Takeaways from Black Tech Week – 'Monetization' Doesn’t Always Mean Selling the Company
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Takeaways from Black Tech Week – ‘Monetization’ Doesn’t Always Mean Selling the Company

(Image: Courtesy of Sheila Simmons)

Over the past several years, Black Tech Week has grown in stature and become more nationally recognized, drawing in business owners from across the country.

It was purchased last year by Lightship Capital, an economic development organization based in Cincinnati that aims to develop and fund remarkable talent while catalyzing emerging ecosystems, specifically for founders of color, LGBTQ+, women, and people with disabilities. Each of the identified groups that Lightship Capital supports is underserved in the wealth management industry and the funding arena.

Black Tech Week convened last month with over 60 available workshops, networking events, and topics ranging from how to secure funding to navigating your next move. Over 1,000 Black technology professionals spent roughly a week in Cincinnati, making new connections, learning new skill sets, and strategizing potential monetization opportunities. As many work hard to keep pace with technology’s evolution, discussions centered on how business owners need to pivot to meet the needs of clients or general consumers — they always have to stay on their toes.

Economic uncertainty and the pace of innovation have led many minority business owners and others to consider new options for exit planning, which includes the effective strategy of partial monetization. Private equity, ESOP, and other exit strategies have been used to create partial monetization events. For companies who project a positive revenue trajectory and are not ready to fully exit their company, partial monetization can help meet immediate business needs and the entrepreneurs’ plans. The exit planning community has seen an uptick of partial monetization with minority and woman business owners. Doing so allows these entrepreneurs to begin making long-term investments on their personal balance sheets.

Taking risk off the table

As mentioned, in recent years, especially in the Black entrepreneur community, we are seeing an influx of partial monetization events. Simply put, business owners are learning that they can take some risk off the table while industry multiples are strong, and begin their long-term wealth planning while still growing the company and aiming for the ultimate exit in future years.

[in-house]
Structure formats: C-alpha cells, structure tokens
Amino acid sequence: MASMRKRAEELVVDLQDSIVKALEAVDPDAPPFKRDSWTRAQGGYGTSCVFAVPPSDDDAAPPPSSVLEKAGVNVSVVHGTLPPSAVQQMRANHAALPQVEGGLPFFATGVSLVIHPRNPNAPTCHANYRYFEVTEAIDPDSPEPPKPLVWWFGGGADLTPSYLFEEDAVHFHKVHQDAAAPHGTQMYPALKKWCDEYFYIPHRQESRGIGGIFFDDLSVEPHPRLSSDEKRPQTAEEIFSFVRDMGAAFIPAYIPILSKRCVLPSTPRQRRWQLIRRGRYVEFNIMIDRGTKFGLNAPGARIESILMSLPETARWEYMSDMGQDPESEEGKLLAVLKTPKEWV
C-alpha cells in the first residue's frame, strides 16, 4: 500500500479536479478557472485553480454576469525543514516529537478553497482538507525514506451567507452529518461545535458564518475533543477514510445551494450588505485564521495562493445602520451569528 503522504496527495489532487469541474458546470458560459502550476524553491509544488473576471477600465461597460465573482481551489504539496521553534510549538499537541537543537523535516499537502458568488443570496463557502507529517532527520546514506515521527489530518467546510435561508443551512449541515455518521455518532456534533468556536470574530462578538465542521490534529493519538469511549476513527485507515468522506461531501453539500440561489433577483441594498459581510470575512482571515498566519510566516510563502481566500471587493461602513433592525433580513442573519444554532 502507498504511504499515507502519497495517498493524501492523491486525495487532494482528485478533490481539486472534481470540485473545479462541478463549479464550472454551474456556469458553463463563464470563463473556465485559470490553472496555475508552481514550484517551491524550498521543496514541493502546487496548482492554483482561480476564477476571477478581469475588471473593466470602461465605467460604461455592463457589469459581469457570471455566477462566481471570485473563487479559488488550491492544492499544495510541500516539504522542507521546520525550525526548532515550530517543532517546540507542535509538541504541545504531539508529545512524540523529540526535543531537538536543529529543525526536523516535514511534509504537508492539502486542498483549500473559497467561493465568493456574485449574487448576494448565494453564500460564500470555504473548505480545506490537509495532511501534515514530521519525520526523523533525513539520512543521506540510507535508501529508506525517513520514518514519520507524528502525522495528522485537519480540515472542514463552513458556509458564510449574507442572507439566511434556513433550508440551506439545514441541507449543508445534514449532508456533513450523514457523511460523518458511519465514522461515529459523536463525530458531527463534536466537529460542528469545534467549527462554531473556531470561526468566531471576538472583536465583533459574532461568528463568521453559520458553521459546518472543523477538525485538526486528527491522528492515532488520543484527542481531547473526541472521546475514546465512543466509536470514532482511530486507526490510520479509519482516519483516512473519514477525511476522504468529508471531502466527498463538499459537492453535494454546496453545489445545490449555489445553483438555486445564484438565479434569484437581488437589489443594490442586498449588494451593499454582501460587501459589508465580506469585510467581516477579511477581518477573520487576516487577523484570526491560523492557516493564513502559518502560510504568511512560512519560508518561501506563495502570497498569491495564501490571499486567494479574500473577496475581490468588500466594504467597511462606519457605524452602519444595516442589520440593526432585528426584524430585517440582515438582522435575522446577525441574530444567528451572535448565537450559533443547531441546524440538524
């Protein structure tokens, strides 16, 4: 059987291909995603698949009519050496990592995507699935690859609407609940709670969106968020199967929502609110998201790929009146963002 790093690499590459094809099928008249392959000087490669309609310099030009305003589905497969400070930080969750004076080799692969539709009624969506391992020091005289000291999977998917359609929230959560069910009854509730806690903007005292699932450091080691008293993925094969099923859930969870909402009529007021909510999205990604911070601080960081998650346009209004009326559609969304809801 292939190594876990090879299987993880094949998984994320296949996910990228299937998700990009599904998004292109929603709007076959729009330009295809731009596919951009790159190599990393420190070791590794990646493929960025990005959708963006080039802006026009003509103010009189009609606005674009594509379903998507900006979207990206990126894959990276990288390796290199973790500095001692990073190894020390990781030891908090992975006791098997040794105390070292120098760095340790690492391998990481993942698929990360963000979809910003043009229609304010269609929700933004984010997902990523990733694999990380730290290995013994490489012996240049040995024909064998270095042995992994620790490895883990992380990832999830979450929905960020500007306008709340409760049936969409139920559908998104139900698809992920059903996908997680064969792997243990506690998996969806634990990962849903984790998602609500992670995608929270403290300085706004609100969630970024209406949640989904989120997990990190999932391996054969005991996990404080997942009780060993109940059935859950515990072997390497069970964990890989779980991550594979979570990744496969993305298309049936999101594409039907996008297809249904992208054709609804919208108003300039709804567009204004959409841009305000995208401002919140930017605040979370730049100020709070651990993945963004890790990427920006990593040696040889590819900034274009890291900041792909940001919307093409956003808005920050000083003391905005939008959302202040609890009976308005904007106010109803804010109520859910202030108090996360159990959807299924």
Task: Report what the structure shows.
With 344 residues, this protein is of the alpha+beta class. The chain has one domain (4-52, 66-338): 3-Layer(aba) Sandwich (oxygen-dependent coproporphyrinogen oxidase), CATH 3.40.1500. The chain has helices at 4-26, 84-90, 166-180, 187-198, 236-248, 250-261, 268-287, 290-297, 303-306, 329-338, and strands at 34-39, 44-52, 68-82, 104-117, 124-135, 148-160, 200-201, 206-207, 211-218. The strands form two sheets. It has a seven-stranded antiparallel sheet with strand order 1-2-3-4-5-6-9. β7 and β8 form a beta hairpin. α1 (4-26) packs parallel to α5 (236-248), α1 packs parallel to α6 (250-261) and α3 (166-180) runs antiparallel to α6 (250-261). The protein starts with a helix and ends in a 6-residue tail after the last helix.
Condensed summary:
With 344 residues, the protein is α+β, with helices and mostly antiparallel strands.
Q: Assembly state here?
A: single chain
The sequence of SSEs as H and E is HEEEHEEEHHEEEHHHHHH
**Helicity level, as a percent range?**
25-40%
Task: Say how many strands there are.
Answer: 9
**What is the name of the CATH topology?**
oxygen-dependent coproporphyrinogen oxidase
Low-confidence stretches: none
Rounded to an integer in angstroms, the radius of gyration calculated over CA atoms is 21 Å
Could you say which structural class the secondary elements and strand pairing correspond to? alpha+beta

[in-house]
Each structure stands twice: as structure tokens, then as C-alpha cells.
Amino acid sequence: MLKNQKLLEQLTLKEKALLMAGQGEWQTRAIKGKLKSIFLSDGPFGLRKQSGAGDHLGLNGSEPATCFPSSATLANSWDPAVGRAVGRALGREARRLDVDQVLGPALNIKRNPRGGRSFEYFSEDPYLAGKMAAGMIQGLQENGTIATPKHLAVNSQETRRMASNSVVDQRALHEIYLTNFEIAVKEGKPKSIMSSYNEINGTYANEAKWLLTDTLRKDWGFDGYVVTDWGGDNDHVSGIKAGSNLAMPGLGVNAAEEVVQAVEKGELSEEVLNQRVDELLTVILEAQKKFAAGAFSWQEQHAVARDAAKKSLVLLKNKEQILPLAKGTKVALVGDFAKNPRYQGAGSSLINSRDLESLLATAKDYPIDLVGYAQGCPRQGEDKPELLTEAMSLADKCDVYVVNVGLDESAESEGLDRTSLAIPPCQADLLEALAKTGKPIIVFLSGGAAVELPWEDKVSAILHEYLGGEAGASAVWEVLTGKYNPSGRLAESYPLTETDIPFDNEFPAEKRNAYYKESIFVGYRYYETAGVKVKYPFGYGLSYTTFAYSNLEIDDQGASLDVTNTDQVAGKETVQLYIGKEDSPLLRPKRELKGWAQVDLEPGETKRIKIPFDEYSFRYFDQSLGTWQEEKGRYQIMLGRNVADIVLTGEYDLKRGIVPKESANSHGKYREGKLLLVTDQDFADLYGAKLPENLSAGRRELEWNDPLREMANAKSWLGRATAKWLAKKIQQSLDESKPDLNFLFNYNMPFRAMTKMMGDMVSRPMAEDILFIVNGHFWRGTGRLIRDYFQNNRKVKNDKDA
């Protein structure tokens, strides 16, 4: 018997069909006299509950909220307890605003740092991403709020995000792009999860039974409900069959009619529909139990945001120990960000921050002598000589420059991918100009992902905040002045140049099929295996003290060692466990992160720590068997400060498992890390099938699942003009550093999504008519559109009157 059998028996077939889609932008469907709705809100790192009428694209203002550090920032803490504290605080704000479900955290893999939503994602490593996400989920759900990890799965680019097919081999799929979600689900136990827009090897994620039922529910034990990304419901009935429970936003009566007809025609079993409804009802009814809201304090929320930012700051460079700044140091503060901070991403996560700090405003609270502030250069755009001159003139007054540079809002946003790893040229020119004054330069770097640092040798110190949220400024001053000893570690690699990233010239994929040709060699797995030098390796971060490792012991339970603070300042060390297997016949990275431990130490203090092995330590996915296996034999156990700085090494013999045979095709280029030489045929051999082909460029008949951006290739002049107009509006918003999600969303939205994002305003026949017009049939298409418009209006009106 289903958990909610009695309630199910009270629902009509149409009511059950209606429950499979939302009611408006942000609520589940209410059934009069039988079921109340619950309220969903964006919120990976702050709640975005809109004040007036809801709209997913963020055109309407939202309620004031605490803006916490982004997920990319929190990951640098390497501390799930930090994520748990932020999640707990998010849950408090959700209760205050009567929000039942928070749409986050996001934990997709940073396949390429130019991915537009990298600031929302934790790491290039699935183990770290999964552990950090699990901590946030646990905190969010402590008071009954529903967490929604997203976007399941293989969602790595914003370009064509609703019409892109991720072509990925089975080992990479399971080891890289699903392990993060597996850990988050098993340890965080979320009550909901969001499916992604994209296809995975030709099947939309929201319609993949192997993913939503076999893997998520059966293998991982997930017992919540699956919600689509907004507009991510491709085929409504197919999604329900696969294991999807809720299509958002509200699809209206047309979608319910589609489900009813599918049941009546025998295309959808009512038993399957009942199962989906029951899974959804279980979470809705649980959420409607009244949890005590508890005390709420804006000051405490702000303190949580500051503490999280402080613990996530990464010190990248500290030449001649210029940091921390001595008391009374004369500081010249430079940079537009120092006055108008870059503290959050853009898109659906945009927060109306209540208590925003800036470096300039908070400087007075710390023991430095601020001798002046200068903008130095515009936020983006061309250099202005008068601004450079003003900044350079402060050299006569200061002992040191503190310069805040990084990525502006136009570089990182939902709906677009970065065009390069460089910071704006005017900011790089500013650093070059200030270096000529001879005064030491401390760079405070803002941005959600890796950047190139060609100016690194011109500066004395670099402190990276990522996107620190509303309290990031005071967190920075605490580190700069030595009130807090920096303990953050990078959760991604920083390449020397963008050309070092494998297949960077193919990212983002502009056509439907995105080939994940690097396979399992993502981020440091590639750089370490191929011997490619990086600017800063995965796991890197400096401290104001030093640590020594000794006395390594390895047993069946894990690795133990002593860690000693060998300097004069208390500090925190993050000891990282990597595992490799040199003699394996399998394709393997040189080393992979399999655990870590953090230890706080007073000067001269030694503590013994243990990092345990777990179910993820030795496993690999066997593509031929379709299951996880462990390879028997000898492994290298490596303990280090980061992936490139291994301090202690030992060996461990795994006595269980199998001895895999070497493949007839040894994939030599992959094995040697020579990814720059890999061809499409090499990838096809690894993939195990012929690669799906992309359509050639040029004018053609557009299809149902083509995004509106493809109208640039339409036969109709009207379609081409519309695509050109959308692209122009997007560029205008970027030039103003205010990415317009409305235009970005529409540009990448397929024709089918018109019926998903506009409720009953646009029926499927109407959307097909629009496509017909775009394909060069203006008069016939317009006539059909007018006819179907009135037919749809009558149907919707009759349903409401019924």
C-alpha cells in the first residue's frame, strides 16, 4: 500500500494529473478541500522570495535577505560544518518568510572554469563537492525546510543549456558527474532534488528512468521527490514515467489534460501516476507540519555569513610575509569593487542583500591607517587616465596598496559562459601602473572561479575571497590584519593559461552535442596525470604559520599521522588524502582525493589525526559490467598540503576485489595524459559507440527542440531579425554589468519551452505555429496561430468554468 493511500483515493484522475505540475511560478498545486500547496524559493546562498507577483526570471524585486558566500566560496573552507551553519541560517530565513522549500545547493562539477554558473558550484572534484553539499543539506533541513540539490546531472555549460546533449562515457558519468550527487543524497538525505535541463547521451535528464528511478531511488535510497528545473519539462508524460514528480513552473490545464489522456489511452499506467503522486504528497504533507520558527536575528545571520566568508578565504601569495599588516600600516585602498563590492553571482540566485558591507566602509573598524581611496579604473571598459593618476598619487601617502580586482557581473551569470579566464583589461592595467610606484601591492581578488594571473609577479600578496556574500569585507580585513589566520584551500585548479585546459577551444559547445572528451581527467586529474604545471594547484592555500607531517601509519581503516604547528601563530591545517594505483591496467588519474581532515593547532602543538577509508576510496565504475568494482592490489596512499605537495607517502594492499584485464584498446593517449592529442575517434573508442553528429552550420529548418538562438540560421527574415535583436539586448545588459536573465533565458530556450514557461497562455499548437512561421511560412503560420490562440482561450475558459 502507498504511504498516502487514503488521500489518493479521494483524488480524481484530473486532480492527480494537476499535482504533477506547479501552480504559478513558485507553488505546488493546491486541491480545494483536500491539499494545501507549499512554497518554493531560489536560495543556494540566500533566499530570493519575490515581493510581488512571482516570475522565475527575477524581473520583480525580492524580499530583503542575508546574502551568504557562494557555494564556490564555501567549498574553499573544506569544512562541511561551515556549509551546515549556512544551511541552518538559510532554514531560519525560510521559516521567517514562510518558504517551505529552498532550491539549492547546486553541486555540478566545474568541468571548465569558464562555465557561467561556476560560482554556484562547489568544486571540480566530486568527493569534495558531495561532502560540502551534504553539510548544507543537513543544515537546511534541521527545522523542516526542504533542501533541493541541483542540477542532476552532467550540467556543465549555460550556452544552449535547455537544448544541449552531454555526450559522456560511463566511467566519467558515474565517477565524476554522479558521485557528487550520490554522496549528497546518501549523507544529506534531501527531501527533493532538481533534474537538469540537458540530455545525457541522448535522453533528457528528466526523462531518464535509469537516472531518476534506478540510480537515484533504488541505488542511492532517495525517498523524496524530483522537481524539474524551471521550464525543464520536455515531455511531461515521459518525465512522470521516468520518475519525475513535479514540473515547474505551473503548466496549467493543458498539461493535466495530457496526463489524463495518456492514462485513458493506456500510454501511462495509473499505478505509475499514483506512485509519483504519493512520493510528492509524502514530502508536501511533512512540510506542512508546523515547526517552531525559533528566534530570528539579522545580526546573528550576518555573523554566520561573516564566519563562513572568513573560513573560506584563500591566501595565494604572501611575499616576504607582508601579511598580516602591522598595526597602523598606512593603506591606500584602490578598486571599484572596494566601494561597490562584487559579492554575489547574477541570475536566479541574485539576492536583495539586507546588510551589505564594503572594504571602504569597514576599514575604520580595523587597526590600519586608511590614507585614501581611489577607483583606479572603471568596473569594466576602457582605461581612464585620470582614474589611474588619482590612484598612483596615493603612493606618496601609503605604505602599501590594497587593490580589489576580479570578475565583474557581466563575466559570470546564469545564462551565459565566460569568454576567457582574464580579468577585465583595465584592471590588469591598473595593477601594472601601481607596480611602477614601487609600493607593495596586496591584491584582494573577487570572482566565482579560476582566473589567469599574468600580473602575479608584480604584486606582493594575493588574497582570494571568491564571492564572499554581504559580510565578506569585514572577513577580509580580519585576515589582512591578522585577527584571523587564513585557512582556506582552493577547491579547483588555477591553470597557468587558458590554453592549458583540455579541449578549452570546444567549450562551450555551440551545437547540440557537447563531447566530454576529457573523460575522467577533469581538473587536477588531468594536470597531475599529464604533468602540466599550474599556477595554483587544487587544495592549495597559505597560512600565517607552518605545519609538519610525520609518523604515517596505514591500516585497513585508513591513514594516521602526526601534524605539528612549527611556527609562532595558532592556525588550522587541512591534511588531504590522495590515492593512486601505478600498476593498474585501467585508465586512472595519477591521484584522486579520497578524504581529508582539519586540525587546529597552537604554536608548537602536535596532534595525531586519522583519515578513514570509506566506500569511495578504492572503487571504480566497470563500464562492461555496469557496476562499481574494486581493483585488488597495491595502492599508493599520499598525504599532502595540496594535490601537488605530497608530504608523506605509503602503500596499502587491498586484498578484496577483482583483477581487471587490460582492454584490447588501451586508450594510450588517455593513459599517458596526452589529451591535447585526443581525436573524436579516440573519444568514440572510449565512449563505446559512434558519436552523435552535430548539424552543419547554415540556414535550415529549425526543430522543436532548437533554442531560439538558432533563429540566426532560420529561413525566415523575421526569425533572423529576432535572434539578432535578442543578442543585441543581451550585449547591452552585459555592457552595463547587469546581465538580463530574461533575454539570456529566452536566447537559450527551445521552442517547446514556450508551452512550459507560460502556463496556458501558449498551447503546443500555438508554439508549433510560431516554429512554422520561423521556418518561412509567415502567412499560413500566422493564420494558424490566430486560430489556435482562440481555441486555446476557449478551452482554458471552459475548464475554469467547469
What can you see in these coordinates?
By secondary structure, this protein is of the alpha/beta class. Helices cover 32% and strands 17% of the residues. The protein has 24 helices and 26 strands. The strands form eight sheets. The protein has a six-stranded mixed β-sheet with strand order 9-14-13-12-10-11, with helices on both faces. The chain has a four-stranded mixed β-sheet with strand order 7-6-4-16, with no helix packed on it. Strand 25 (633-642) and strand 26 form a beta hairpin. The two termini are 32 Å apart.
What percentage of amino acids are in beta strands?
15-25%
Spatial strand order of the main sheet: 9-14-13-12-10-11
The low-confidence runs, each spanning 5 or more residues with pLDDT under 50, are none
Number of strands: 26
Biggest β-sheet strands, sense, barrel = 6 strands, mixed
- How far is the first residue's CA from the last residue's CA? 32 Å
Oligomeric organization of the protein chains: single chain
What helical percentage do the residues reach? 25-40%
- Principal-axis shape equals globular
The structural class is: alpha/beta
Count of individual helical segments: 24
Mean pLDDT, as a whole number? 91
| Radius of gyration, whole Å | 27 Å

Each entrepreneur has a unique set of goals and aspirations. Incorporating a certified exit planning adviser (CEPA) into your professional team of advisers will help to prepare for the most favorable monetization and, even more importantly, structure the liquidity event based on tax efficiency, long-term legacy planning with wealth transfer strategies, and of course, growing that new asset base to provide for the next generation.

When the future is uncertain with a potentially lower selling price, business owners can mitigate risk and ride through economic uncertainty by selling part of their company. Where a recession might last 18 to 24 months, it may take a long time for businesses to get back to pre-recession revenues. We saw this same pattern in the COVID-19 pandemic.

Businesses are still trying to regain footing at pre-pandemic revenue levels. By selling a percentage of the business, there’s less long-term vulnerability. A business owner, for example, whose company generates $30M could be entirely “cash poor.” Using this strategy, business owners can progress with their company but take some chips off the table to diversify their risk profile and begin to build a bigger asset base — all with their legacy in mind.

The risk of selling at full value

Corporations have been incorporating supplier diversity initiatives since the 1960s. Supplier diversity refers to the use of minority-owned businesses as suppliers. It is also one of the ways that corporations display business social responsibility. 

Why is this relevant? Minority-owned companies can obtain lucrative relationships with these corporations that have a mandate to spend with minority suppliers. With a full liquidity event, revenue sustainability concerns may arise from a potential future non-minority buyer. This oftentimes translates to a lower offering price to purchase the minority-owned company. In exit planning, we discuss with our clients the importance of customer diversification to help mitigate this risk — but the risk still exists, nonetheless.

Black Tech Week made clear that as the market landscape continues to evolve, business owners have had to make numerous pivots toward a technology-forward strategy to meet the demands of their clientele and the expectations of the general consumer for brands across all industries. This has forced many business owners to reestablish themselves within their practice to properly align with the changing times.

For minority business owners specifically, this has also shed light upon the growing need to diversify their legacy planning and ensure they sell at the right time and in the right way to maximize their business efforts. Also, the ability to structure a liquidity event in such a way that supports the entrepreneur is also how we turn the tide on the 70-year stagnation of the racial wealth gap by providing a vehicle for financial freedom.

Sheila Simmons is vice president and financial advisor with the Executive Wealth Partners at UBS.


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